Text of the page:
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From the hedgerow

I've written before about Tasmania's lovely hedgerows, and in autumn there's always lots to forage.  You'll probably find blackberries, maybe some rose hips, and if you're very lucky, you might find some sloes or damsons.

The one thing you always will find is hawthorn, and at this time of year they are loaded with little red haw berries or haws. The reason they're so plentiful is not only do the bushes have huge thorns, but the haws taste bloody awful. A bitter red skin with a skerrick of white mealy flesh and a rather large pip - which I've read contains arsenic.

I thought there must be some use for this prolific little berry.  I'd heard of people making cordial and jelly out of it, but most people grimace when they mention the flavour.  A little googling revealed that the berry is used in Chinese medicine for heart conditions, and indeed, I had heard stories of the cordial being good for heart palpitations and even of a bloke who avoided a triple by-bass by dosing up on his own hawthorn tonic.

While all this information was interesting, I was kind of hoping to make something a little more useful and appealing to my family, when I stumbled on a recipe for haw-sin sauce, a foragers' take on that chinese condiment hoisin sauce.  Now that was a recipe worth trying.

It's remarkable what a little vinegar and sugar can do.  I can report the result is totally delicious! For not much effort and very little cost, I have four lovely jars of plum coloured haw-sin sauce, it needs a little time to mellow, just a couple of weeks, but already I love the flavour and it will only improve with age.   Next time I might add more spices like star anise and maybe a little chilli.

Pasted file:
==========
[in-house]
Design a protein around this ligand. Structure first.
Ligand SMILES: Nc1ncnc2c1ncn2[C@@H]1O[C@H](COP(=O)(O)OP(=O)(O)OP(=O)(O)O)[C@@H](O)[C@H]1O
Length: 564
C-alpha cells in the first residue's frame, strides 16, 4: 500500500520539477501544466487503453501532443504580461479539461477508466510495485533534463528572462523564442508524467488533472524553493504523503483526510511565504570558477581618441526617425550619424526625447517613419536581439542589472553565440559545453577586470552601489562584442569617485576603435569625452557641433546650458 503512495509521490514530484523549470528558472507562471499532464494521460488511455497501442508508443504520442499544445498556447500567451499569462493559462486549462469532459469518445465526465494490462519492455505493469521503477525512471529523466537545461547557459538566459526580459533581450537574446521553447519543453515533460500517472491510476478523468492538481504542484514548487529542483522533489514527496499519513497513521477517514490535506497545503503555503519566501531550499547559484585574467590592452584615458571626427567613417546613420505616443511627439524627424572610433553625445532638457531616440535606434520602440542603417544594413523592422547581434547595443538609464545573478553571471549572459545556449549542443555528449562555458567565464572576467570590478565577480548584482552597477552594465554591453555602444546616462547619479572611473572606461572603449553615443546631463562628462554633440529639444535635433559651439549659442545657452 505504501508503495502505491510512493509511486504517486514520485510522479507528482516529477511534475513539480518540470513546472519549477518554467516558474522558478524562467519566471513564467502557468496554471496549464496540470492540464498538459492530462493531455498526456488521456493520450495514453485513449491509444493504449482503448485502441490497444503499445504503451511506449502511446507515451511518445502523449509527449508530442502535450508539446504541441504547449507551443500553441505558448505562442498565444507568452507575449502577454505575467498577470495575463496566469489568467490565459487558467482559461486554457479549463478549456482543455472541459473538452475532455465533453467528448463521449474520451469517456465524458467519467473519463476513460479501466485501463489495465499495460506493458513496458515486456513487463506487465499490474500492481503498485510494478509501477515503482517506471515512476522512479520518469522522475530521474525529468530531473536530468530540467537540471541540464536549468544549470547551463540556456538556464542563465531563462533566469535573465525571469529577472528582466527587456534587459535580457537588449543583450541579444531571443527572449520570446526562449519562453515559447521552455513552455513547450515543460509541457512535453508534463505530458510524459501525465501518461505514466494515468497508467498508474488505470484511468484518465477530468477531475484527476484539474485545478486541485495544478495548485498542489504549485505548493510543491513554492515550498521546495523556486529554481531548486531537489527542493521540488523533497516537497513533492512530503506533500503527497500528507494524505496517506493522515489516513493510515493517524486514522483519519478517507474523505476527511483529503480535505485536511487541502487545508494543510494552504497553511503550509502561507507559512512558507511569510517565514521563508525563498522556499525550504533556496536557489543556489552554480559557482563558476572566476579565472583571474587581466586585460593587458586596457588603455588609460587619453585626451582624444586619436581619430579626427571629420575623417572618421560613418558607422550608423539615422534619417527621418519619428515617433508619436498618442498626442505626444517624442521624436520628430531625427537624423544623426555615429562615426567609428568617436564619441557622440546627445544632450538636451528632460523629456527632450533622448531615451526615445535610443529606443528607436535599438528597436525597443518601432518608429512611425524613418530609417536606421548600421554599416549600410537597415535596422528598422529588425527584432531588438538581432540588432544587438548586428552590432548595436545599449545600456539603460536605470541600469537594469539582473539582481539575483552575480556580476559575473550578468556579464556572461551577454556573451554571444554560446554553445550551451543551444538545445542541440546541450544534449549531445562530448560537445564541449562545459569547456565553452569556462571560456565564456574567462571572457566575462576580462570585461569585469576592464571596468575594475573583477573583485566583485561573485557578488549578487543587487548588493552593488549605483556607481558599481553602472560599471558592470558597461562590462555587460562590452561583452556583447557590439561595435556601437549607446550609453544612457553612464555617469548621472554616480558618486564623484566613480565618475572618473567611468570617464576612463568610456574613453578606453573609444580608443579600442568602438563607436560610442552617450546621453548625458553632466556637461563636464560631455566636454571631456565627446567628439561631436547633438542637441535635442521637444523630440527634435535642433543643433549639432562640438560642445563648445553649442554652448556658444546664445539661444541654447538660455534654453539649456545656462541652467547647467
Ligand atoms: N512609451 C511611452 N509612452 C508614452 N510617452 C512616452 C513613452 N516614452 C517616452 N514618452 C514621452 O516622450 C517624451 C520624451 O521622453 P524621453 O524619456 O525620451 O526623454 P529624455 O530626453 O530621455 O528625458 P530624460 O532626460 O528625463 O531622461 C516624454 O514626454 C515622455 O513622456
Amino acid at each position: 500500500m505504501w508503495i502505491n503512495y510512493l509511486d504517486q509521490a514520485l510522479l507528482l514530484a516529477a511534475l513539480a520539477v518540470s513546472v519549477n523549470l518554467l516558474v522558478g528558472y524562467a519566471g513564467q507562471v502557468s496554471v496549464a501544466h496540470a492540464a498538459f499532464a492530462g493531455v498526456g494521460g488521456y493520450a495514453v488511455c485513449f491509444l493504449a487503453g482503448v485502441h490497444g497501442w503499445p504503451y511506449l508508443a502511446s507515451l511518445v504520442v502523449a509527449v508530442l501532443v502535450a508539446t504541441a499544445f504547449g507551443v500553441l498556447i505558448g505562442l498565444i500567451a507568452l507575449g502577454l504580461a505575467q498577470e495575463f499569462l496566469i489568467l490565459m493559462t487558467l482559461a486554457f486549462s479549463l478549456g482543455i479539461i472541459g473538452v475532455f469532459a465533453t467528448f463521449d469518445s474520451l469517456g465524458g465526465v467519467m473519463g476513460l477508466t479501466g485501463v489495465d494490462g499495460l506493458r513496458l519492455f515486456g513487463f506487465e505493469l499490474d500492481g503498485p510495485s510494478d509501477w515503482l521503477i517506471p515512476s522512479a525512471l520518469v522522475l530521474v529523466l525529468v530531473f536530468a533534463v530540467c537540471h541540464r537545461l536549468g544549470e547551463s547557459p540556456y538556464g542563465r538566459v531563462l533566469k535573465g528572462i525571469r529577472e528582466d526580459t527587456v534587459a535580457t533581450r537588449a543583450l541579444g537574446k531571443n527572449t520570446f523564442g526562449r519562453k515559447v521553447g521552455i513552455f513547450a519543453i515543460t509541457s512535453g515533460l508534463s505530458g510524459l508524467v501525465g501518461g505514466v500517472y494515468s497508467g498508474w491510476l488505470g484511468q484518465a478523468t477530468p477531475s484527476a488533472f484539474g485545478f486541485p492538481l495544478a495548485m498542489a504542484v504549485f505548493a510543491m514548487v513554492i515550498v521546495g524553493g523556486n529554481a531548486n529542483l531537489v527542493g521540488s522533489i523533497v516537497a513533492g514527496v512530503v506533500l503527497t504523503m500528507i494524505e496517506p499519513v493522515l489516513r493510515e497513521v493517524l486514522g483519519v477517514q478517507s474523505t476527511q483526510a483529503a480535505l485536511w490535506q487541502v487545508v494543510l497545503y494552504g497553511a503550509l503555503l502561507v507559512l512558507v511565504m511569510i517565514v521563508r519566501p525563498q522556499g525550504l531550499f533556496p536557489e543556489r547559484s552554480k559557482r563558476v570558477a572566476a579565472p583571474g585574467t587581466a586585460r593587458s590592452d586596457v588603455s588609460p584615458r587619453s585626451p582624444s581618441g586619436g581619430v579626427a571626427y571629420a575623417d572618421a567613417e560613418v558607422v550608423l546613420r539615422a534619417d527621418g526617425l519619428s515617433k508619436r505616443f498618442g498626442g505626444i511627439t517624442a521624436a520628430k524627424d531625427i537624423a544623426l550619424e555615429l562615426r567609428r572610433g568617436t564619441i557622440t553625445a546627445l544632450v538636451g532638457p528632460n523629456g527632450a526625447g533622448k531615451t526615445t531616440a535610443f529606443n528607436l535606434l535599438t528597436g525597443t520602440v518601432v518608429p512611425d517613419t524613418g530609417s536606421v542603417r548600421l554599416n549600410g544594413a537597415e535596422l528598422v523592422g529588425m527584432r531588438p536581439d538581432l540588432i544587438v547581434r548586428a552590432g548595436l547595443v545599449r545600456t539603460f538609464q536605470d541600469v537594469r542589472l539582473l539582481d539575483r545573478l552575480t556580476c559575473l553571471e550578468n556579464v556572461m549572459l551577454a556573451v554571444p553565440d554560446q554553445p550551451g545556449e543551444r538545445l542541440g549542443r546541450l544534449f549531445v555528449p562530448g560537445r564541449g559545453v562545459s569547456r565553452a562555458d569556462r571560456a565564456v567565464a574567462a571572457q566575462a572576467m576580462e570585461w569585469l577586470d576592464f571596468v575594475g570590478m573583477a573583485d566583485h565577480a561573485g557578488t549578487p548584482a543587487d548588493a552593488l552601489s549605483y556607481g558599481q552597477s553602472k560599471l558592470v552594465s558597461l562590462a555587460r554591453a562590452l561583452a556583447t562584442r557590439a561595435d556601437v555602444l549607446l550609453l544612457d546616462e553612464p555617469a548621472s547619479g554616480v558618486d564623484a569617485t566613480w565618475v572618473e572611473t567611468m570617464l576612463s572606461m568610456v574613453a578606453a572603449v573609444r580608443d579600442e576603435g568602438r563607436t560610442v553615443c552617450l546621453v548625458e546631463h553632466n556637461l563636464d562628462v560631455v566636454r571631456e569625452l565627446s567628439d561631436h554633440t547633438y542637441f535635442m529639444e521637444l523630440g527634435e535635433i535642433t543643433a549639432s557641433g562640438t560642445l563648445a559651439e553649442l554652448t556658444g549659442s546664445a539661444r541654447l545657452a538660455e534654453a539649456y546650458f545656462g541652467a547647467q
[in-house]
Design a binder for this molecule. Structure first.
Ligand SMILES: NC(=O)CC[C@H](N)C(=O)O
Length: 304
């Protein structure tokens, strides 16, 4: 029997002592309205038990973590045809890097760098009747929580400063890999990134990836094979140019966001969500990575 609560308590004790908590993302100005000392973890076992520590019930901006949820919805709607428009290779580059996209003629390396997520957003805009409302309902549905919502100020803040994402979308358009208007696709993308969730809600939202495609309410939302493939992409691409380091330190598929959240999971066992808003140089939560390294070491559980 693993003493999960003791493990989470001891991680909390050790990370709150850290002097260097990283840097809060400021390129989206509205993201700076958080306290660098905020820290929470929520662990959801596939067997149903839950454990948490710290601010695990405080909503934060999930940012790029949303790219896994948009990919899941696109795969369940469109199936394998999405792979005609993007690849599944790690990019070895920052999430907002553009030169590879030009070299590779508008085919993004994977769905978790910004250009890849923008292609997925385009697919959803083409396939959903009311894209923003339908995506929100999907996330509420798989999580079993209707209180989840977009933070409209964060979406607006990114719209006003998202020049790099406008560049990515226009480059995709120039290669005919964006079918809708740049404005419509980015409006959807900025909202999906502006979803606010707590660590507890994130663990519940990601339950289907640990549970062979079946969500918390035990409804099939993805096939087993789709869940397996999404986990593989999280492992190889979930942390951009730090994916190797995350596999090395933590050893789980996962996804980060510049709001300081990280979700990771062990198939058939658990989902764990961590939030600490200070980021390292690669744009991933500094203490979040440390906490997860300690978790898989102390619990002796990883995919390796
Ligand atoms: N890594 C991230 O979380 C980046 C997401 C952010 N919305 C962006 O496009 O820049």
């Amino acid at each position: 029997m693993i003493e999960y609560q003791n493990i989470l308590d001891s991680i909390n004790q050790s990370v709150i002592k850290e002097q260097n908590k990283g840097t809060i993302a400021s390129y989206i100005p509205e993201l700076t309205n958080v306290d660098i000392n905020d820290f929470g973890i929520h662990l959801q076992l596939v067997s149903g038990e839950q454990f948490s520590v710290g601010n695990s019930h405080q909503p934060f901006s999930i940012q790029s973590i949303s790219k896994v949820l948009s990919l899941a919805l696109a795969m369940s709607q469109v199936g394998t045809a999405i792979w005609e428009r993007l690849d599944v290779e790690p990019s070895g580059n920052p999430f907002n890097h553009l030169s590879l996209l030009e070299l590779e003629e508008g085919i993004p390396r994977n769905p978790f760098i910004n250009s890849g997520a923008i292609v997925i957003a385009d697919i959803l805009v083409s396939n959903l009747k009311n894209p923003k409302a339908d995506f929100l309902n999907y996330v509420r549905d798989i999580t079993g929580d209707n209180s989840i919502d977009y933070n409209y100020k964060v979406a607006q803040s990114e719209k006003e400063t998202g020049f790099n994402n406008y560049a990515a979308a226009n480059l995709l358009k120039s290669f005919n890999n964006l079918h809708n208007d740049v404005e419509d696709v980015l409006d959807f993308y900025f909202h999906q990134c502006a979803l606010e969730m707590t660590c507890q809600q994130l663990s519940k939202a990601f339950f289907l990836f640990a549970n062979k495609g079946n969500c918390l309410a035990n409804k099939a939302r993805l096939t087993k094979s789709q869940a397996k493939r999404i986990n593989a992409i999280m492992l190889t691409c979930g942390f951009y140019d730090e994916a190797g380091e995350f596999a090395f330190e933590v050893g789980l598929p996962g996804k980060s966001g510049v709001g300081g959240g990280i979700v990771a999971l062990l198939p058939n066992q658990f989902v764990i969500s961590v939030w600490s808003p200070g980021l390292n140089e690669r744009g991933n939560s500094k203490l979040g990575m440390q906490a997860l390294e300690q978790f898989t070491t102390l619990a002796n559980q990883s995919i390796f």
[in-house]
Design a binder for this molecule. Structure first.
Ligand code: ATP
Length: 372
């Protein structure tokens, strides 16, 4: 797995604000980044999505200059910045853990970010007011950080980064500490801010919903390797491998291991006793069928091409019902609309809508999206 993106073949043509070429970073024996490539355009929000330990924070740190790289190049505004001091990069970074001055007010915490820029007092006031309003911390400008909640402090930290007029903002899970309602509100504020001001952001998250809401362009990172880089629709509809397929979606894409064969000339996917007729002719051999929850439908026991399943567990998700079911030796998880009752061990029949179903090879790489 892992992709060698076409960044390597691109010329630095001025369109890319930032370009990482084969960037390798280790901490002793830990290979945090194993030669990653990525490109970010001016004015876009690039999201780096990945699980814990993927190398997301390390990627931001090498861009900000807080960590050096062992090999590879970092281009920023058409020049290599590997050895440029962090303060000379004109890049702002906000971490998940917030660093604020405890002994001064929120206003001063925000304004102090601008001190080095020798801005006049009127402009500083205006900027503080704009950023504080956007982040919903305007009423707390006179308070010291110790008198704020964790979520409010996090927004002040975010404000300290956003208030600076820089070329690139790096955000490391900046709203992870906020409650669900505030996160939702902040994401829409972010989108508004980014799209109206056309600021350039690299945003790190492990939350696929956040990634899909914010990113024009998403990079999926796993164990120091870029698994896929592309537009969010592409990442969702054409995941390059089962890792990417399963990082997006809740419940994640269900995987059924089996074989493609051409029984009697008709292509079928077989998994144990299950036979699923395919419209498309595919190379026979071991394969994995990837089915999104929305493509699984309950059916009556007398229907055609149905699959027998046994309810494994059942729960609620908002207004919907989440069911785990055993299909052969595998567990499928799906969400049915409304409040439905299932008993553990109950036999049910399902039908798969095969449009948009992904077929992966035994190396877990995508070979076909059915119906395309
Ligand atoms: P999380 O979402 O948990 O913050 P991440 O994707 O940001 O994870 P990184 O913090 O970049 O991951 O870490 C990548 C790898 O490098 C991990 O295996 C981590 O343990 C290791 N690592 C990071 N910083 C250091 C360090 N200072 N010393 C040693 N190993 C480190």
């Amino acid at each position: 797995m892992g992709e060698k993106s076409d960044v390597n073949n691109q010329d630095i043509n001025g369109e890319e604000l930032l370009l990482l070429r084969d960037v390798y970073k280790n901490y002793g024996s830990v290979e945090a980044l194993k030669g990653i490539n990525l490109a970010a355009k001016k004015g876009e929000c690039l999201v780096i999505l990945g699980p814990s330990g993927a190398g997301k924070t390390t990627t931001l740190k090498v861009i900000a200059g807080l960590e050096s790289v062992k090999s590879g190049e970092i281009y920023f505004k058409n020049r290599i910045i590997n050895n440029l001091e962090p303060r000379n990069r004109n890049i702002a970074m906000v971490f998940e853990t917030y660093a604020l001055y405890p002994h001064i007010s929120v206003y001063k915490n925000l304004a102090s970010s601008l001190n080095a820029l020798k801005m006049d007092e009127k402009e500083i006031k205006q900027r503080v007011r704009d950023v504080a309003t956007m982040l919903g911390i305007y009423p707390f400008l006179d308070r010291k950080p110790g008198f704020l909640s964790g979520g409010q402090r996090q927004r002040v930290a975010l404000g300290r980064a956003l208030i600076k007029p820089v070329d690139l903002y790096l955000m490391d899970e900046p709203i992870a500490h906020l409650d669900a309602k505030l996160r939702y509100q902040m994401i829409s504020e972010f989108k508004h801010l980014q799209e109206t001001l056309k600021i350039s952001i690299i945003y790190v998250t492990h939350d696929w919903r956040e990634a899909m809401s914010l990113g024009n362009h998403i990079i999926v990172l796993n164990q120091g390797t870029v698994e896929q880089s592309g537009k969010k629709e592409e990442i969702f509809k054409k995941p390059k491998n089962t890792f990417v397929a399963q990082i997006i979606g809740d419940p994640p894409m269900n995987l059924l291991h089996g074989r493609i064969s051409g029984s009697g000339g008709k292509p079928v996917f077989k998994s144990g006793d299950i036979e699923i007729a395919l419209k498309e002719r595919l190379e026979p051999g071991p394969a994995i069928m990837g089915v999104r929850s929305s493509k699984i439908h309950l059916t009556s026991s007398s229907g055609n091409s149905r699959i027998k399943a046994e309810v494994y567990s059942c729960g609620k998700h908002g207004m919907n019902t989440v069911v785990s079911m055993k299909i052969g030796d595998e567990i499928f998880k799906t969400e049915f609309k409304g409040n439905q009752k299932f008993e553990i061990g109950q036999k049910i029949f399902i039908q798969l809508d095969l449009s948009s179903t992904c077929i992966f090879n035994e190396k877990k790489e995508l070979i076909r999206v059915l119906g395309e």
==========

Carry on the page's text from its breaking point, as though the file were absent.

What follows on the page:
From a few hours picking in the autumn sun, those picturesque hedgerows have provided damson jam for our toast, haw-sin sauce for our bangers and sloes for our gin.  Next on the list is some rose hip jam to finish off the season.  It may have not been a bountiful harvest this summer in the garden, but thanks to a little foraging, those winter stores aren't looking too bad at all.

Haw-sin sauce 

Here's the recipe I used, based on one by HFW.

500g haw berries

250 ml cider vinegar

250 ml water

250g caster sugar

Salt and ground black pepper

Wash and de-stalk berries, (I really didn't go to too much trouble to remove the stalks because I put them through a sieve later.)

Place in a large pan with vinegar and water and bring to a boil, reduce heat and simmer until berries are very soft and starting to burst.

Put through a mouli or sieve to remove skins, seeds and those stalks you didn't manage to remove earlier.

Return the sieved mixture to a clean pan then add sugar and gently heat until sugar is dissolved, giving it the odd stir.  Bring to a boil and continue to boil until mixture starts to thicken. Season to taste and pour into sterilised bottles or jars.

Allow haw-sin to mellow for a couple of weeks before cracking a bottle. I reckon this would be delicious anywhere you'd use tomato sauce or relish.


  1. Fascinating Michelle, all of the berries you mention are very unfamiliar to me but it must be lovely to forage for them. Happy autumn days in the kitchen to you!

  2. I am imagining it with a bit of slow cooked Fat pig farm pork in a vietnamese roll.